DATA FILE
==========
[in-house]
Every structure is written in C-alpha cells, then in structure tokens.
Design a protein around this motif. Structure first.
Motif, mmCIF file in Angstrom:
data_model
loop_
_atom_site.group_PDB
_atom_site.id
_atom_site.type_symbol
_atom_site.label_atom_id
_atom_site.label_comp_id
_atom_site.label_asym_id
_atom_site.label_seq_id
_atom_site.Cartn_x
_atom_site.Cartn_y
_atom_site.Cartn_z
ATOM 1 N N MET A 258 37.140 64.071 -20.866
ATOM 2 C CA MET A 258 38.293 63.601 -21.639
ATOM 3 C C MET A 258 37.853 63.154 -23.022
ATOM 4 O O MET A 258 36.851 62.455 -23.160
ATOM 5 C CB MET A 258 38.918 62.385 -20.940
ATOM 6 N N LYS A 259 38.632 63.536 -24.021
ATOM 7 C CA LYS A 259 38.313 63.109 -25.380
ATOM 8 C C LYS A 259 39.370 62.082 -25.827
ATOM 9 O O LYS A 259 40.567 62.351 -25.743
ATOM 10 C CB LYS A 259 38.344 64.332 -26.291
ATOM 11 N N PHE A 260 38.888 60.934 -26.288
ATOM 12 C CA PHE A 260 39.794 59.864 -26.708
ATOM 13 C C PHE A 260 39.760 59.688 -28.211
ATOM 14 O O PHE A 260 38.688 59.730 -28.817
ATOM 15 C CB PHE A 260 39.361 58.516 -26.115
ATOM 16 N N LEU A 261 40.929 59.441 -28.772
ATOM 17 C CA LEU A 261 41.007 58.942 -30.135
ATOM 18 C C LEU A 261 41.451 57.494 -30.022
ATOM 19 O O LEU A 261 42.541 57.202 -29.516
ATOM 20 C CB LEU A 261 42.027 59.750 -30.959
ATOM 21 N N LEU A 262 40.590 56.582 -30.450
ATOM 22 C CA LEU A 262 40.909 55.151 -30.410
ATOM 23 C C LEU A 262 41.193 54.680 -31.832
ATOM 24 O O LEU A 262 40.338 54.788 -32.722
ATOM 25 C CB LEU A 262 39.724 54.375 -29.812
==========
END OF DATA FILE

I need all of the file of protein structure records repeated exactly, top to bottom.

[in-house]
Every structure is written in C-alpha cells, then in structure tokens.
Design a protein around this motif. Structure first.
Motif, mmCIF file in Angstrom:
data_model
loop_
_atom_site.group_PDB
_atom_site.id
_atom_site.type_symbol
_atom_site.label_atom_id
_atom_site.label_comp_id
_atom_site.label_asym_id
_atom_site.label_seq_id
_atom_site.Cartn_x
_atom_site.Cartn_y
_atom_site.Cartn_z
ATOM 1 N N MET A 258 37.140 64.071 -20.866
ATOM 2 C CA MET A 258 38.293 63.601 -21.639
ATOM 3 C C MET A 258 37.853 63.154 -23.022
ATOM 4 O O MET A 258 36.851 62.455 -23.160
ATOM 5 C CB MET A 258 38.918 62.385 -20.940
ATOM 6 N N LYS A 259 38.632 63.536 -24.021
ATOM 7 C CA LYS A 259 38.313 63.109 -25.380
ATOM 8 C C LYS A 259 39.370 62.082 -25.827
ATOM 9 O O LYS A 259 40.567 62.351 -25.743
ATOM 10 C CB LYS A 259 38.344 64.332 -26.291
ATOM 11 N N PHE A 260 38.888 60.934 -26.288
ATOM 12 C CA PHE A 260 39.794 59.864 -26.708
ATOM 13 C C PHE A 260 39.760 59.688 -28.211
ATOM 14 O O PHE A 260 38.688 59.730 -28.817
ATOM 15 C CB PHE A 260 39.361 58.516 -26.115
ATOM 16 N N LEU A 261 40.929 59.441 -28.772
ATOM 17 C CA LEU A 261 41.007 58.942 -30.135
ATOM 18 C C LEU A 261 41.451 57.494 -30.022
ATOM 19 O O LEU A 261 42.541 57.202 -29.516
ATOM 20 C CB LEU A 261 42.027 59.750 -30.959
ATOM 21 N N LEU A 262 40.590 56.582 -30.450
ATOM 22 C CA LEU A 262 40.909 55.151 -30.410
ATOM 23 C C LEU A 262 41.193 54.680 -31.832
ATOM 24 O O LEU A 262 40.338 54.788 -32.722
ATOM 25 C CB LEU A 262 39.724 54.375 -29.812